Creating a Bootable USB Flash Drive

Written by Barry Dysert (last updated October 5, 2015)

1

There may come a time when you want to boot your Windows system from a USB flash drive. You obviously must first have created a bootable drive prior to trying to use it. This tip tells you how to create a bootable USB flash drive. Although there is software on the Internet to help you with this process, this tip shows how to create a bootable USB drive using native Windows commands.

First, plug in your USB drive. Note: Your flash drive must have at least 4 GB of free space and it will be formatted to NTFS. So either use a new drive or backup your data before creating this bootable USB. Otherwise you will lose all your data.

Next, get to a command prompt window and type "diskpart" (without the quotes) and press Enter. Once in the DiskPart utility, type "list disk" (again, without the quotes) and press Enter. DiskPart will list the disks it detects. (See Figure 1.)

Figure 1. DiskPart's listing of the available disks.

I know by looking down the "Size" column that my USB disk is Disk 2. (If you're not sure, unplug your USB disk, and do another "list disk" to see which disk disappeared. Then plug it back in, do a third "list disk", and note the disk number of your USB disk.)

Going with Disk 2 as my USB disk, I enter the following lines in the DiskPart utility, ending each line by pressing the Enter key. (Also, on the first line you should change "2" to whatever disk is appropriate on your system.)

DISKPART> select disk 2
DISKPART> clean
DISKPART> create partition primary
DISKPART> select partition 1
DISKPART> active
DISKPART> format fs=NTFS  QUICK
DISKPART> assign
DISKPART> exit

As you enter each command, DiskPart displays a status message to keep you informed as to what it is doing. When these steps are done you should be out of the DiskPart utility and back to the command prompt. You now have a USB drive that is formatted using the NTFS file system and is therefore ready to be made bootable. To accomplish this, follow these steps:

  1. Insert your Windows 7 Installation DVD into the drive. (Step 2 assumes that drive D holds your DVD.)
  2. Using the command prompt window, change your device and directory to the DVD's boot directory where bootsect resides. For example:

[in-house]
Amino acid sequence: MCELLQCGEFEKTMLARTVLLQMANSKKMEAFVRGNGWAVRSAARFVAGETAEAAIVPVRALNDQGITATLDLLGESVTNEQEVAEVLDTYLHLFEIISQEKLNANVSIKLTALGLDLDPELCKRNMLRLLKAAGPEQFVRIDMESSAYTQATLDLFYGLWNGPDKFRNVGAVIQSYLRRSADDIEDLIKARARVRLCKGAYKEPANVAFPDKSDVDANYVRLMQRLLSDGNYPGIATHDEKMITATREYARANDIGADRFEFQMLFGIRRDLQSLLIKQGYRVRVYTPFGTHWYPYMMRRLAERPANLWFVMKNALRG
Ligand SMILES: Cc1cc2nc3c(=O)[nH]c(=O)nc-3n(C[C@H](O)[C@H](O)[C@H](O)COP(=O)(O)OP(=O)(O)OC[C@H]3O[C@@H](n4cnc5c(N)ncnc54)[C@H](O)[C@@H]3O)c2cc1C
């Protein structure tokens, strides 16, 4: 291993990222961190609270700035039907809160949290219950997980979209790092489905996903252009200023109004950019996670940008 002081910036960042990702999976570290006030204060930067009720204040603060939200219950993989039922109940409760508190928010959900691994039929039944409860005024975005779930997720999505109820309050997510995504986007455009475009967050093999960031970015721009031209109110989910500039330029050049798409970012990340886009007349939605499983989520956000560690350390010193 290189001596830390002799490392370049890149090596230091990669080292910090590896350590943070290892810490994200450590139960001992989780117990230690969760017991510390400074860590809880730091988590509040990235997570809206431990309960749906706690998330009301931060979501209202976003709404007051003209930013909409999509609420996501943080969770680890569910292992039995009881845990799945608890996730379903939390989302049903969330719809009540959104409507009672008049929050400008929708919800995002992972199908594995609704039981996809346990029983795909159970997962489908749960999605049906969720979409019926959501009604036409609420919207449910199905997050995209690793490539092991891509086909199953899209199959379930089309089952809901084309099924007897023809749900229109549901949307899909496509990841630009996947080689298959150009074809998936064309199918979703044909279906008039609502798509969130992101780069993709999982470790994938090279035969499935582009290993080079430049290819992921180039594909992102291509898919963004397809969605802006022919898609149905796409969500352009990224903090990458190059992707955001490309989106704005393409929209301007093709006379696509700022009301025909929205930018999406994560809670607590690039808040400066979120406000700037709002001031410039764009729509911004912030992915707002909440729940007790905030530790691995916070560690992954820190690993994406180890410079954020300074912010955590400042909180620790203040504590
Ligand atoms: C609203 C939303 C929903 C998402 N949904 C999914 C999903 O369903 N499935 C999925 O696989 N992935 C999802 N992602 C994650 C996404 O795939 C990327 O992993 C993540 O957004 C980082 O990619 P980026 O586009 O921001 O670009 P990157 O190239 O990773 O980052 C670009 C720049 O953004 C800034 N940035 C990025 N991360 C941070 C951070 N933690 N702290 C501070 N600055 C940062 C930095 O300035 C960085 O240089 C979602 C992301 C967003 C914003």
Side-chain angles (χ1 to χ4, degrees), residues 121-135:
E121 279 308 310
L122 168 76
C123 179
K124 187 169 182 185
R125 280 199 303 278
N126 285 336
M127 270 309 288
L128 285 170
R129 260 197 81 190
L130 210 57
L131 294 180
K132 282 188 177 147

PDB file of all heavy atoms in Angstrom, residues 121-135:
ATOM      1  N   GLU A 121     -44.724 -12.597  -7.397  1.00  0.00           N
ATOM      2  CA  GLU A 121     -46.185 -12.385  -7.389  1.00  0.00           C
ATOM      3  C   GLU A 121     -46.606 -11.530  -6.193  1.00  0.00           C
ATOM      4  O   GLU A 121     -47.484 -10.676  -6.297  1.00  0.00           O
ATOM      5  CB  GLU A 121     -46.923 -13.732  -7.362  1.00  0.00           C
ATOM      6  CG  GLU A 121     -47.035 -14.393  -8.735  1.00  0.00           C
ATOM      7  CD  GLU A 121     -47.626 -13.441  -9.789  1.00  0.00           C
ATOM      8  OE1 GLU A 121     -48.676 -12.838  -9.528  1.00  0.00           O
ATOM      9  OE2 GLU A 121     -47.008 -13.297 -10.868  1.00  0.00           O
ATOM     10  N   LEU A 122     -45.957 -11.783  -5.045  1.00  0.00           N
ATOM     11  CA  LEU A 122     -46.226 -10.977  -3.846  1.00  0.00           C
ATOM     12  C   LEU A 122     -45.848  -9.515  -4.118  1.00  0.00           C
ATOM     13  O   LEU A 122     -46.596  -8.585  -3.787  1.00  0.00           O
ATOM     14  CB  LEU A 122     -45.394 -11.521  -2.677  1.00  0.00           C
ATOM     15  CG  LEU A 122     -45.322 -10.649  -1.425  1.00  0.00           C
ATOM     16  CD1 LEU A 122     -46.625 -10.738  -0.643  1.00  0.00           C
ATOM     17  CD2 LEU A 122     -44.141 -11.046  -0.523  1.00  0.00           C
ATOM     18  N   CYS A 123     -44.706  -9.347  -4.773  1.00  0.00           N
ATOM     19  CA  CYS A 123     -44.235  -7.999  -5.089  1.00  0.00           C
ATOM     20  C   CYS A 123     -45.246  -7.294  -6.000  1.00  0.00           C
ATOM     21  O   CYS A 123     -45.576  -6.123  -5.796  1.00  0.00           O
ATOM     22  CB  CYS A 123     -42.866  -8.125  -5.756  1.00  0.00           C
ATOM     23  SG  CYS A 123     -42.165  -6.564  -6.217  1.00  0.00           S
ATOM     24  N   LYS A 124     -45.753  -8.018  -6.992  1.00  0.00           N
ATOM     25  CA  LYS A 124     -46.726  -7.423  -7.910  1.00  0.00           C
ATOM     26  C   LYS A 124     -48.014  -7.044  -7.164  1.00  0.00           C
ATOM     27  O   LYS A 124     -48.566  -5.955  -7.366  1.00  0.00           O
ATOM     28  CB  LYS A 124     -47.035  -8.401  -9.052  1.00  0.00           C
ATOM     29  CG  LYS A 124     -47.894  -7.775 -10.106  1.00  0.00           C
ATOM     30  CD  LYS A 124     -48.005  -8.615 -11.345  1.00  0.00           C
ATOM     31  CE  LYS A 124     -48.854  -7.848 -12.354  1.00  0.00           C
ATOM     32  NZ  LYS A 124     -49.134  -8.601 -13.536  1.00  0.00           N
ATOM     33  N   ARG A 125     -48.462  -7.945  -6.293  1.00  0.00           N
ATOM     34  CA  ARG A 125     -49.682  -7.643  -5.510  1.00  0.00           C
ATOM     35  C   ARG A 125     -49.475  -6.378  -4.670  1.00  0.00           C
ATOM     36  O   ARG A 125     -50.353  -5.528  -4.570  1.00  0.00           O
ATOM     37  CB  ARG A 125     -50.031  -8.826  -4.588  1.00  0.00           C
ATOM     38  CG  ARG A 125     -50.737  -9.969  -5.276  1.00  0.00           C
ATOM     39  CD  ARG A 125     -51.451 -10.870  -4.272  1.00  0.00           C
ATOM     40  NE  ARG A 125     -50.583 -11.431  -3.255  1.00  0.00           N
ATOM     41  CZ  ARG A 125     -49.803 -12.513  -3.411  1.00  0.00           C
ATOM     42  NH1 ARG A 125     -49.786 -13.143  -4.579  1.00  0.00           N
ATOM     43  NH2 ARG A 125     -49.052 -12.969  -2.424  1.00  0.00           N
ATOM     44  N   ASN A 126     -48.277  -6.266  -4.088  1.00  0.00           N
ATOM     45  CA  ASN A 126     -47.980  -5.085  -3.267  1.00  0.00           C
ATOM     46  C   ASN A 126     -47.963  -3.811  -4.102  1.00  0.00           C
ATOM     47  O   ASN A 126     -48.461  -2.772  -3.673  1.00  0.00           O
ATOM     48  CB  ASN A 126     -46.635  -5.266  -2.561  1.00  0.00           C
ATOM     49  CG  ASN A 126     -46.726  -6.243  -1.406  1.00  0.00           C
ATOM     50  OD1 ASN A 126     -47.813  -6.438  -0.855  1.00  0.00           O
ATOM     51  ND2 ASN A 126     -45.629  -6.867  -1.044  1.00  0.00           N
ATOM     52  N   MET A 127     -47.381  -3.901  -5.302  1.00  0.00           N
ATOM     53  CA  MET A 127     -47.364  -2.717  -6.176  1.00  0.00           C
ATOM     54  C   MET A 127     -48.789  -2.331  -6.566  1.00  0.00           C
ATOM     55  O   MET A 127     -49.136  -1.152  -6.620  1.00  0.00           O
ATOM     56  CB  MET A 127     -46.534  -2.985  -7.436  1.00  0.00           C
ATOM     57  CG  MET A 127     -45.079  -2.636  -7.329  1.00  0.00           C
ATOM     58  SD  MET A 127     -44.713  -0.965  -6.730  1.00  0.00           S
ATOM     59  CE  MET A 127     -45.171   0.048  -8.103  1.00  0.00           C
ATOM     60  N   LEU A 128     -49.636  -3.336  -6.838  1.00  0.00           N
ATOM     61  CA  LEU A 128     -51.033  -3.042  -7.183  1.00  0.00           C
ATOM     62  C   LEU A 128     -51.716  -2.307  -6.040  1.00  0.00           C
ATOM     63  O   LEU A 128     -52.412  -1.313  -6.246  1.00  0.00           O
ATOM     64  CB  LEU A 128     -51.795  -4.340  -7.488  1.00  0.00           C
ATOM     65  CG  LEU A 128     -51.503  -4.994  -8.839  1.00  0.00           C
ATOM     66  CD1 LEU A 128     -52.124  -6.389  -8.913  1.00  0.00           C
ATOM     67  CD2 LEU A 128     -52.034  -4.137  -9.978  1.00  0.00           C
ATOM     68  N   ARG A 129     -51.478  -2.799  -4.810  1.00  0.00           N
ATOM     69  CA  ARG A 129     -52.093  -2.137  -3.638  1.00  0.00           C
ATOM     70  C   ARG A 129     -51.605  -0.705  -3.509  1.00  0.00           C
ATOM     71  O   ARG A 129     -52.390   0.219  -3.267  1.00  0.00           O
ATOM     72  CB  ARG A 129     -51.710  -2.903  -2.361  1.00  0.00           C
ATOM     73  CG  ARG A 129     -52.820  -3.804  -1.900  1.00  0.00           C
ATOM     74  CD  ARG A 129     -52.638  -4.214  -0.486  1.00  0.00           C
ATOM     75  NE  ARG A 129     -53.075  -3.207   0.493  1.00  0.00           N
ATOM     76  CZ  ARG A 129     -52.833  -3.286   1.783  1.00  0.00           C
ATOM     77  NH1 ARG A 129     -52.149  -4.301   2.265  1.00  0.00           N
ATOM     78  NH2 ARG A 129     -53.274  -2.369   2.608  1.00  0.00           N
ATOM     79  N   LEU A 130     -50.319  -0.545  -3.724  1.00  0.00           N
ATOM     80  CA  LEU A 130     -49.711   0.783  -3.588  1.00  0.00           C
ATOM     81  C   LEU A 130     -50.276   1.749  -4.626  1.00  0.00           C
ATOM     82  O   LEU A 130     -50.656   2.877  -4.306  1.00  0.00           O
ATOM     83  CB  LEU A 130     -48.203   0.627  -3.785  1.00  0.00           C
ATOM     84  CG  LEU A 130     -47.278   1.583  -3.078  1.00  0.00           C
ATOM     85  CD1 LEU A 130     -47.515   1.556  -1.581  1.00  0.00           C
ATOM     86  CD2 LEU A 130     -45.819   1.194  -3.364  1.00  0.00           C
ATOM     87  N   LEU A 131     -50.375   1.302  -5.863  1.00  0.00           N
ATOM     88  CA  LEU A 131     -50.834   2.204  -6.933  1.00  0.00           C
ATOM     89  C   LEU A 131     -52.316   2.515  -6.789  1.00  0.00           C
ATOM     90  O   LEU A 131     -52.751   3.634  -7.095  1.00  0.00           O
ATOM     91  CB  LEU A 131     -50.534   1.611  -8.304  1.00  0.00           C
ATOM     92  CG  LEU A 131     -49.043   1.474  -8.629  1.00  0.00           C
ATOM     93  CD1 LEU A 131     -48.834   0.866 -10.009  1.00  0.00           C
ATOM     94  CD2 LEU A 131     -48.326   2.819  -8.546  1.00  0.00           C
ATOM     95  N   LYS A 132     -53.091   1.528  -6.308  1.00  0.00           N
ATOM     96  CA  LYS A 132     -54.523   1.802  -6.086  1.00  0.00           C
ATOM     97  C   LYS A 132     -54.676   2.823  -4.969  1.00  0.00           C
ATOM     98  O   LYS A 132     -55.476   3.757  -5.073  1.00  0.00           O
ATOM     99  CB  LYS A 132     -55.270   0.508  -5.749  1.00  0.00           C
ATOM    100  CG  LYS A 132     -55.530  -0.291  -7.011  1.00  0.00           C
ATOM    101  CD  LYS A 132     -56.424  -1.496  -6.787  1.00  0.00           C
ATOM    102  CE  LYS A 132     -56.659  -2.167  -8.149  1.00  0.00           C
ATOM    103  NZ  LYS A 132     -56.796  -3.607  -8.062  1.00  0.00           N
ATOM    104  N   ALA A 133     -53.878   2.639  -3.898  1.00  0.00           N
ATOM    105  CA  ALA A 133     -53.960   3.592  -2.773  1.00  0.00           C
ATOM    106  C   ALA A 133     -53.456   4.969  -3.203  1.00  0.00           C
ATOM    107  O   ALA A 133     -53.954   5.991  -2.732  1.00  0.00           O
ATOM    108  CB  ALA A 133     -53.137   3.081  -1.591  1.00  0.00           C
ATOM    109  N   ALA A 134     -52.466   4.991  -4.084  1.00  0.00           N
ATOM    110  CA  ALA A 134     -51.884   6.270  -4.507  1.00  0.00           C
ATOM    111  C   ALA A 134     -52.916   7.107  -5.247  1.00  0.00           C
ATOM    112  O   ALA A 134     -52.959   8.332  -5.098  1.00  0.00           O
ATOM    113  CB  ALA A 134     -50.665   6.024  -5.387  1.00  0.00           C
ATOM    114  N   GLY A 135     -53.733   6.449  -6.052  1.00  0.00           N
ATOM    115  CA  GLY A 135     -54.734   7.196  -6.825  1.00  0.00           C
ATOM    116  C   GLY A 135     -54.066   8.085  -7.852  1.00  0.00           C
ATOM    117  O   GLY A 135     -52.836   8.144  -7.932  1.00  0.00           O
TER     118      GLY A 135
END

3.         C:\> cd /d  d:\boot
    
  4. Assuming that your USB drive has been labeled disk F by the operating system, type the following at the prompt:
  5.         D:\Boot> bootsect /nt60 f:
    
  6. Use Windows Explorer to copy all of the files on your Windows 7 Installation DVD to the formatted USB drive.
  7. You now have a bootable USB drive. When you want to boot from it, plug it in, reboot Windows, and when it is starting interrupt it to specify that you want to boot from the USB. (Changing the BIOS to change boot-device order is beyond the scope of this tip.)

    It is possible that you'll get an "access denied" error after performing step 3. If you do, it simply means that you need to open a command window using the administrator's rights. To do so, click the Start button and type "cmd" followed by Ctrl+Shift+Enter. Then you should be able to perform steps 2 through 4 with no problems.

 This tip (12620) applies to Windows 7.

Author Bio

Barry Dysert

Barry has been a computer professional for over 35 years, working in different positions such as technical team leader, project manager, and software developer. He is currently a software engineer with an emphasis on developing custom applications under Microsoft Windows. When not working with Windows or writing Tips, Barry is an amateur writer. His first non-fiction book is titled "A Chronological Commentary of Revelation." ...

MORE FROM BARRY

Checking for Faulty RAM

Although it's rare for RAM to go bad, it does happen. This tip tells you how to check for faulty RAM by using the Windows ...

Discover More

Logging Robocopy Operations

If you schedule Robocopy operations, you may want to maintain log files of what happened. In this case, getting familiar ...

Discover More

Using the Findstr Command

Finding data within files is a common need. If what you're looking for is in a flat file, you can find what you're after ...

Discover More
More WindowsTips

Creating a Hierarchy Map of Your Hard Drive

Want to see how the directories and subdirectories in your hard drive are organized? It's easy to do using the directions ...

Discover More

Using File History

Backing up your data is an important part of computer management. Enabling File History is a painless way to be able to ...

Discover More

Undoing a System Restore

Having the ability to restore your system back to when it was working properly is great, but what if, for some reason, ...

Discover More
Comments

If you would like to add an image to your comment (not an avatar, but an image to help in making the point of your comment), include the characters [{fig}] (all 7 characters, in the sequence shown) in your comment text. You’ll be prompted to upload your image when you submit the comment. Maximum image size is 6Mpixels. Images larger than 600px wide or 1000px tall will be reduced. Up to three images may be included in a comment. All images are subject to review. Commenting privileges may be curtailed if inappropriate images are posted.

What is three more than 4?

2015-10-07 05:01:42

Dennis

Can you do this if Windows came pre-installed and you don't have a Windows disk?


Newest Tips